Q: How do I go about breeding my parakeets (budgies). I have four birds, all in the same cage. I purchased a nest, and I’m not sure of their sexes; can you please help me make a new addition to my loving family?
A: Although budgies are colony breeders, most breeding pairs do better when separated from other budgies and kept one pair per cage. Budgies may fight among themselves over nest boxes, damage eggs and even kill chicks if they are not all nesting in the same cycle. If choosing to colony breed, provide a spacious flight of 6 feet or more in length, to cut down on squabbling. To reduce territorial fighting further, provide each pair with a nest box, plus at least one additional nest box for choice.
The safer way to go is to separate the pairs by placing each in their own cage with a nest box attached. Each box should contain a concave block inside and a handful of clean, white pine shavings. The nest block prevents eggs from rolling around in the box, and the shavings keep the eggs from accumulating additional dirt while providing a little added protection.
Budgie pairs should begin laying eggs within a few weeks and incubation requires 18 days from when the female begins sitting the eggs full time. Budgie chicks fledge and leave the nest at about four weeks and are taught which foods to eat by their father. Remove weaned chicks by 38 to 42 days of age, or the father will become aggressive toward the young in an effort to court the hen and begin a new clutch. All budgies need to be rested after raising two full clutches of young. Remove nest boxes and allow pairs flight to exercise and rebuild their strength.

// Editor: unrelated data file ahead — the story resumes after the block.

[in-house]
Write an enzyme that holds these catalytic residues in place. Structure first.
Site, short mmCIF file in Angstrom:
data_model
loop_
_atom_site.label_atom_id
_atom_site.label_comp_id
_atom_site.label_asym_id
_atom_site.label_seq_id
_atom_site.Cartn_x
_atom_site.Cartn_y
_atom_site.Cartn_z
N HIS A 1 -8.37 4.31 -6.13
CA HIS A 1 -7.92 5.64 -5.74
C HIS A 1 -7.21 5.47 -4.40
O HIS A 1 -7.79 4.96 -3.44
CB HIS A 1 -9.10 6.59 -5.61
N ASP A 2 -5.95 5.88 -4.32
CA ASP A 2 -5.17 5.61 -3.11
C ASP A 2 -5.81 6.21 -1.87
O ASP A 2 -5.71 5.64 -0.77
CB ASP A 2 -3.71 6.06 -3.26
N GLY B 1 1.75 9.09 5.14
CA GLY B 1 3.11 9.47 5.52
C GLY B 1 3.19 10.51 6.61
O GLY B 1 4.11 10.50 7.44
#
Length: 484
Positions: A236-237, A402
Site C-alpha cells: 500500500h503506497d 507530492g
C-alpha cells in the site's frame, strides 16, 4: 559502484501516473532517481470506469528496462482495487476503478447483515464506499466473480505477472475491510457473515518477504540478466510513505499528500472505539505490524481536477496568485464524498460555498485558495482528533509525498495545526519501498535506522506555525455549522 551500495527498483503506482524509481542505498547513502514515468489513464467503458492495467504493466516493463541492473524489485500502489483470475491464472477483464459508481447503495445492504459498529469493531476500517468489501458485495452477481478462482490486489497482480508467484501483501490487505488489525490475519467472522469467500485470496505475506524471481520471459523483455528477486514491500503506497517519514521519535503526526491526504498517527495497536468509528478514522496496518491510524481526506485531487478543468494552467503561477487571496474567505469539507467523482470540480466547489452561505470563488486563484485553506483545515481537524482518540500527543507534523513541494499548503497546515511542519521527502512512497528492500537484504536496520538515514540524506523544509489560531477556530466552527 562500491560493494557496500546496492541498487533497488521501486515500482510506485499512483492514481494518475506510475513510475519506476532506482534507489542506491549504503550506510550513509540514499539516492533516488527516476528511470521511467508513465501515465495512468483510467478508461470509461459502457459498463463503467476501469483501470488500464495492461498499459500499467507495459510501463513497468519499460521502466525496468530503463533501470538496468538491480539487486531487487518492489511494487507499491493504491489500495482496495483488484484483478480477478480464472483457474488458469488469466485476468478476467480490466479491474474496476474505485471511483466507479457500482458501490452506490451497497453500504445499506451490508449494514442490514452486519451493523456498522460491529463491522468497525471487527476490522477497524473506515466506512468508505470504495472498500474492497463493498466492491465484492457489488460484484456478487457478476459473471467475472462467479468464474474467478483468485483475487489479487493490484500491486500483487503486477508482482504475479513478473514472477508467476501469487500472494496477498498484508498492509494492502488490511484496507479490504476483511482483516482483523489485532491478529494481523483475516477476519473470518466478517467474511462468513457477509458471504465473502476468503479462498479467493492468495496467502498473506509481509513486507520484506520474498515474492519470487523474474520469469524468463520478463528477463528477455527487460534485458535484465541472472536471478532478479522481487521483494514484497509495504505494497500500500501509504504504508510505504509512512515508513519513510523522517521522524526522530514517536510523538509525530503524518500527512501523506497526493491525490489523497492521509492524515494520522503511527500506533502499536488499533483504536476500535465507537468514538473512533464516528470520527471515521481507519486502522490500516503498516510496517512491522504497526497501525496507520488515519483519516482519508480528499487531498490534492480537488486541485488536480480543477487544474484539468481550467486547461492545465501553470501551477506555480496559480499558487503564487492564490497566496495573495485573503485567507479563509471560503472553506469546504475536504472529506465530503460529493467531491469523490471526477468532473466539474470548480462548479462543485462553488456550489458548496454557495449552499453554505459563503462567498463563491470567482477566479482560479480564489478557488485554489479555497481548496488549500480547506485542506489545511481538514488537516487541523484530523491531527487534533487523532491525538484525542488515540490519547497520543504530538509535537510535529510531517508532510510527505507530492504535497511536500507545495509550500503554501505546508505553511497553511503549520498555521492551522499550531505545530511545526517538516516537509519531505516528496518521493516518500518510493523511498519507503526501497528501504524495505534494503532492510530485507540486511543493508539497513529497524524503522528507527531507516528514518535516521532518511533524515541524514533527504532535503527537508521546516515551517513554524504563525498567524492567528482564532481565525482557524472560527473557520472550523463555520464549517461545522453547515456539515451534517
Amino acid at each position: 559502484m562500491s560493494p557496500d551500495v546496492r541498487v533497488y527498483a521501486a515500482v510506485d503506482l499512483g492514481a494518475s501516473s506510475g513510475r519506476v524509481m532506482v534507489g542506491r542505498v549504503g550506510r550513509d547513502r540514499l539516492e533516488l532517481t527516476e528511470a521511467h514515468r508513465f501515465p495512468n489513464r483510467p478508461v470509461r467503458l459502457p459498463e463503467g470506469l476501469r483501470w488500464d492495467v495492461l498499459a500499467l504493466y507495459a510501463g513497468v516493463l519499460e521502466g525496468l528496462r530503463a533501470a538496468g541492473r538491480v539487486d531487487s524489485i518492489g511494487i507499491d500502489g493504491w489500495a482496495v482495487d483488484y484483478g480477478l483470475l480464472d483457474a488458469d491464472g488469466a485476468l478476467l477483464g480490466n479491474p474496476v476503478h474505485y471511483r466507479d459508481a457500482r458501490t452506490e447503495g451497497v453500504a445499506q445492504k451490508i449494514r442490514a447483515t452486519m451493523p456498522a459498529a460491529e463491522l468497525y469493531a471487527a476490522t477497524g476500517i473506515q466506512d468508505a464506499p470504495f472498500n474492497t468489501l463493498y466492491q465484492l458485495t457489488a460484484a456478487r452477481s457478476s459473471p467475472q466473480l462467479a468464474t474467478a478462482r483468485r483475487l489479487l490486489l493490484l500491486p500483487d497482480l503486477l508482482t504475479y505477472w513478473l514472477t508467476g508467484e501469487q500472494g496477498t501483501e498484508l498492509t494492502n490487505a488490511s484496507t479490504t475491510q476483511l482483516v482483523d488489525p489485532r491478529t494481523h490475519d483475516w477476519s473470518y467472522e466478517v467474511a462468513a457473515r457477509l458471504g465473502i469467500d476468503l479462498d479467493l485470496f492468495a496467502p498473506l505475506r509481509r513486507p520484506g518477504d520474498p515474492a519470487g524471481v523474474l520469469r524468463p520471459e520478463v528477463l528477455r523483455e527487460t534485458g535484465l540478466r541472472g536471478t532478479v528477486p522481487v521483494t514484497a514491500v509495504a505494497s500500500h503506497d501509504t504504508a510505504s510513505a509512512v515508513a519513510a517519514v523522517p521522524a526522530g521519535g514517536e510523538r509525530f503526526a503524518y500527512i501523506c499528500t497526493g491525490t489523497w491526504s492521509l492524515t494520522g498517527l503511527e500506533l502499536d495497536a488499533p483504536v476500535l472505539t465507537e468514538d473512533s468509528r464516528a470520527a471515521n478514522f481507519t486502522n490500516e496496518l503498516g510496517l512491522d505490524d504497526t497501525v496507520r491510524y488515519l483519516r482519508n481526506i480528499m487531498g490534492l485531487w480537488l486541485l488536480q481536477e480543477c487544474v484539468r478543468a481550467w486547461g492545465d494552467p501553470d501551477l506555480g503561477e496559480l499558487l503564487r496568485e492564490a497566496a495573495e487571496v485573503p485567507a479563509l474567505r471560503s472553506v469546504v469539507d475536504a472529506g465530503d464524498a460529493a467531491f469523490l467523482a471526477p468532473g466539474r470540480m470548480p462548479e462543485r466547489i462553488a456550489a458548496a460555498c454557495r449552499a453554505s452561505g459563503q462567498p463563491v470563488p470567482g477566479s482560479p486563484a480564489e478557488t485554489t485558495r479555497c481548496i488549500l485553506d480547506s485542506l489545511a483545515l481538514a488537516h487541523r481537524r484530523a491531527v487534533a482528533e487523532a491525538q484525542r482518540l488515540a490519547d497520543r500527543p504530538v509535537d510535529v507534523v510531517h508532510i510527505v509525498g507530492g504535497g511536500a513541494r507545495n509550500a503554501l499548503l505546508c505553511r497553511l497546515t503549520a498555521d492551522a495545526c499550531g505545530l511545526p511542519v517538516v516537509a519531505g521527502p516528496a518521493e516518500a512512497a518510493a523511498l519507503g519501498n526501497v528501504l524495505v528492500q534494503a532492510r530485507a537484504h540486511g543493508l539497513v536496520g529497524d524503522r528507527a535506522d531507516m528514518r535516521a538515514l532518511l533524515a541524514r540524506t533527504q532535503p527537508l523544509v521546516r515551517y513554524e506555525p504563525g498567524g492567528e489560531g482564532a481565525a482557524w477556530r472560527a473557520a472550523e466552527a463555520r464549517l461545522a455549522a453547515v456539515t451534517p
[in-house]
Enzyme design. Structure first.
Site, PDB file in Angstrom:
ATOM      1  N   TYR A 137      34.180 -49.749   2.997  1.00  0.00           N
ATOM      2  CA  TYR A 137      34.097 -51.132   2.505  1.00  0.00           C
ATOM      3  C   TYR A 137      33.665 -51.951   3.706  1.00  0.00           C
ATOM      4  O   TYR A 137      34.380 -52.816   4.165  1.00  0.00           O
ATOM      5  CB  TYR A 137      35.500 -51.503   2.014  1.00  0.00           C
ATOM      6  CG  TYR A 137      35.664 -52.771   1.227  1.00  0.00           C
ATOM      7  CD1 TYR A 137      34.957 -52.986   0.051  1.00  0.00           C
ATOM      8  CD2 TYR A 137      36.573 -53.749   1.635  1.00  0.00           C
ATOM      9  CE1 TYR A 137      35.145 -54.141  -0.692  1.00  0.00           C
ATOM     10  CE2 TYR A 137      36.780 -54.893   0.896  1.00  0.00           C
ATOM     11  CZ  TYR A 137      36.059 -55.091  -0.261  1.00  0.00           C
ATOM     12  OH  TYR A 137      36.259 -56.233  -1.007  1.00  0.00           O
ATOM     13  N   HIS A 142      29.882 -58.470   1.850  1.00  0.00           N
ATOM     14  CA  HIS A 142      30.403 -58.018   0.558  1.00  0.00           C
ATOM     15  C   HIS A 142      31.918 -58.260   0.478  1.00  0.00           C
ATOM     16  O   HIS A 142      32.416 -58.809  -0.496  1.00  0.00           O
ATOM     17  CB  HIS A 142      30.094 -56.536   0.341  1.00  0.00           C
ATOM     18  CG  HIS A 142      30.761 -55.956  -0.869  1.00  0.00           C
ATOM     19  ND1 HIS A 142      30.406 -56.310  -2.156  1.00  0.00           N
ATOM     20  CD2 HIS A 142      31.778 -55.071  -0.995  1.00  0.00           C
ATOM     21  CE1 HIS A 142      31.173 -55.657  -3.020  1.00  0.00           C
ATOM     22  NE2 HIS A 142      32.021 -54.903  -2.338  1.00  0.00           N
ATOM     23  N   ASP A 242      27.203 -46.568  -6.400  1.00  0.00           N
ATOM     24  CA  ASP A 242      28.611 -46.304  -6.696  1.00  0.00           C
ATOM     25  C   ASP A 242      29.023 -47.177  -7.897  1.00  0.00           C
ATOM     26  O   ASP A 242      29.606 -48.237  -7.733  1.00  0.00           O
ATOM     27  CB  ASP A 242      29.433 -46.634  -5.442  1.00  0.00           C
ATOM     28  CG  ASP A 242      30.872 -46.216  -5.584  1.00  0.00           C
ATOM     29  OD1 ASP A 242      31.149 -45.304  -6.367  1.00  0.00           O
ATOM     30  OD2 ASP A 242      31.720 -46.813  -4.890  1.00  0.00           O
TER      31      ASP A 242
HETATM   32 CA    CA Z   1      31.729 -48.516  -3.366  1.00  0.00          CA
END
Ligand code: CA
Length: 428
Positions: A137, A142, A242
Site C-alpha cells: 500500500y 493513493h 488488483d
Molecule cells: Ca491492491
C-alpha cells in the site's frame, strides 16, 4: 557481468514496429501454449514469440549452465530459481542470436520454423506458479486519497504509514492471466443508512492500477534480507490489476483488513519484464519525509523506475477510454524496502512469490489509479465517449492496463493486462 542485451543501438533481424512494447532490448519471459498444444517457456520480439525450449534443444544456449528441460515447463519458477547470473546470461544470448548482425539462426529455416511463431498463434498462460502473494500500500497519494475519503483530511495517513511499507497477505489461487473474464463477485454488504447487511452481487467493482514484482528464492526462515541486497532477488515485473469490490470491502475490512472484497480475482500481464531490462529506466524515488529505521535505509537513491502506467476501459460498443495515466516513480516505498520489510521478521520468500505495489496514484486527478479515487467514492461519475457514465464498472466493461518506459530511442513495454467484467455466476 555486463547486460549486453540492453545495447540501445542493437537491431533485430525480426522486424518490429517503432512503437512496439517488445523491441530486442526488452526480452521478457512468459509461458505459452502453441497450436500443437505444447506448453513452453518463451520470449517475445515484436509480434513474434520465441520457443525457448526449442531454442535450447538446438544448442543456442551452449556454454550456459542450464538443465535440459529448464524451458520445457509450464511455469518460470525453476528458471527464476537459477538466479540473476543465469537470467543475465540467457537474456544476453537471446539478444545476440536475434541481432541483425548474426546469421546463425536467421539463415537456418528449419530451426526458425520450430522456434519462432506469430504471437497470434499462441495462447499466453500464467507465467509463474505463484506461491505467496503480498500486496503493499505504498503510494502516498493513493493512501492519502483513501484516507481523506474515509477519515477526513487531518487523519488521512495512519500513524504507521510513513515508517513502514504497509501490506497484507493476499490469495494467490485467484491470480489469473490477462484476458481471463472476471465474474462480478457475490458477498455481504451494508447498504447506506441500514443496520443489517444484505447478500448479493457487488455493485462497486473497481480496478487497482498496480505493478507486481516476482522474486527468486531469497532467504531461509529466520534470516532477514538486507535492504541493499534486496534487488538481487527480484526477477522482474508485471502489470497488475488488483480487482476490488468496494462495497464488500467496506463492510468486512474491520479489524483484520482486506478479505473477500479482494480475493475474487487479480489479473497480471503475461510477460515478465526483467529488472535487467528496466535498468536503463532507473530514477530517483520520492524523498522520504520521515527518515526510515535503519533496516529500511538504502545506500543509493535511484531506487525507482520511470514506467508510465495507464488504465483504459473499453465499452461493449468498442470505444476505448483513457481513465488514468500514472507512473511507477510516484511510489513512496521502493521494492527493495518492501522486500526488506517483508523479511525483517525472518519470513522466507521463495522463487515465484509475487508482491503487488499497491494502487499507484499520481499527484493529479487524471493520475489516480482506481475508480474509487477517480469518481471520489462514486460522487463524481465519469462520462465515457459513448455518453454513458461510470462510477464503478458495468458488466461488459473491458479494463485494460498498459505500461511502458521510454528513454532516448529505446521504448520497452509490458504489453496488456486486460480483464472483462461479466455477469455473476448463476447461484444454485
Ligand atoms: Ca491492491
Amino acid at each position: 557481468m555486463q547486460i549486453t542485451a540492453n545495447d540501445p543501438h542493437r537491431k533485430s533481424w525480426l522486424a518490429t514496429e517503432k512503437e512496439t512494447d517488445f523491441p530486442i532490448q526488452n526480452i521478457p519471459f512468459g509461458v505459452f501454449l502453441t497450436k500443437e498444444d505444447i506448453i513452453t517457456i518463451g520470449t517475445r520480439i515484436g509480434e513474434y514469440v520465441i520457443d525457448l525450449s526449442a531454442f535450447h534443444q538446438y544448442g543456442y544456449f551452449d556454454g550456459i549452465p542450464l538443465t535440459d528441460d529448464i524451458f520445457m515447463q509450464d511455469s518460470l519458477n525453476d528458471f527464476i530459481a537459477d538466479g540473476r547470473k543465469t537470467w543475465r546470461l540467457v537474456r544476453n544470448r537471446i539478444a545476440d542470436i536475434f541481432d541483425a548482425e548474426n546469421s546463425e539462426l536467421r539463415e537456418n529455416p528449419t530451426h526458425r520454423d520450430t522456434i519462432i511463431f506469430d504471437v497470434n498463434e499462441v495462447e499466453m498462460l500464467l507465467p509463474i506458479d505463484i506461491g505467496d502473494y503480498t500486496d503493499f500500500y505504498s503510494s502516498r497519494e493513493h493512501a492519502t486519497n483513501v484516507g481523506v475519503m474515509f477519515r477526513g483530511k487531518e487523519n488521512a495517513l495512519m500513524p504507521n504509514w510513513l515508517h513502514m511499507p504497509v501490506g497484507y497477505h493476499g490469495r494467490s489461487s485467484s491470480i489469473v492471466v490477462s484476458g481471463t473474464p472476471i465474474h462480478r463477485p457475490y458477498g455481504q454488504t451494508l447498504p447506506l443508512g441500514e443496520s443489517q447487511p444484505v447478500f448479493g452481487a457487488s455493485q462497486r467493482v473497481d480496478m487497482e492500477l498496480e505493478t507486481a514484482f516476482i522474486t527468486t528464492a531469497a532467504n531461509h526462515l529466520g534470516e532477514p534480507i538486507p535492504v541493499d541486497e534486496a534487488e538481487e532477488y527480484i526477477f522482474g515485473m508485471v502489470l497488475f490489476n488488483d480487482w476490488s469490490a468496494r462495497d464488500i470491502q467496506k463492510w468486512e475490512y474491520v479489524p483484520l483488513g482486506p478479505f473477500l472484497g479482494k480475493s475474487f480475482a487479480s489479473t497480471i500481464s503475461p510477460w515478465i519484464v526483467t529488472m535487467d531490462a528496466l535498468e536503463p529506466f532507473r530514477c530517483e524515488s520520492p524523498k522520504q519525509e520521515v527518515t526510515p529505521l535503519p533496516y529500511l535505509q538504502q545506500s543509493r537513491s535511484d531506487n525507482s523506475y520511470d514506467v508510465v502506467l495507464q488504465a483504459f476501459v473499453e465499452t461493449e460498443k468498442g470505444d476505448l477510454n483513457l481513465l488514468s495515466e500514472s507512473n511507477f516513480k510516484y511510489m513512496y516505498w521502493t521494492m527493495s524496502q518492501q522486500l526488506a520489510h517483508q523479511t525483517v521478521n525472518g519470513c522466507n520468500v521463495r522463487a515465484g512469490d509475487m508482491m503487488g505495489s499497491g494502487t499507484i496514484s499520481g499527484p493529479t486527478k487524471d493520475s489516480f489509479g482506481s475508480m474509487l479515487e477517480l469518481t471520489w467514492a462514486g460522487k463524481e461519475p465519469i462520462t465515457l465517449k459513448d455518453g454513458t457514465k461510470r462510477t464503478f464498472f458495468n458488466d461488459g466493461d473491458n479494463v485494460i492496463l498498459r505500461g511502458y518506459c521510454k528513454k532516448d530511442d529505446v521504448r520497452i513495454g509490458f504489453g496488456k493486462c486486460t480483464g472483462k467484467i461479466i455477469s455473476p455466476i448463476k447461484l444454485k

Provide a varied diet of clean seed and pellets/extruded product, spray millet, fresh green leafy and red/orange/yellow vegetables (i.e., carrots with tops, dandelion greens, kale, parsley, spinach, broccoli, Swiss chard, mustard greens, beet tops, corn on the cob, etc.), a little fruit, spray millet, fresh clean water and plenty of fresh cuttlebone. Cuttlebone provides the necessary calcium it takes to form the eggshell, as a deficiency in calcium will lead to severe egg-binding. Cuttlebone is a dietary necessity year round, as is dietary iodine, such as Lugol’s Solution, which may be obtained from a veterinary hospital.
When setting up to breed, introduce conditioning and rearing foods, such as conditioning mashes, or offer hard-boiled egg mashed with whole-wheat bread and grated carrot (remove and renew several times per day to eliminate bacterial growth), or a corn-rice-bean mix you can cook yourself. Increase the amount of soft food as chicks grow. By continuing to offer a variety of food while weaning, young budgies will form good eating habits into adulthood.
To learn more about raising budgies, I recommend obtaining Budgerigar Handbook by Ernest H. Hart and other books by authors who raise budgies. You may also learn a great deal by joining the American Budgerigar Society.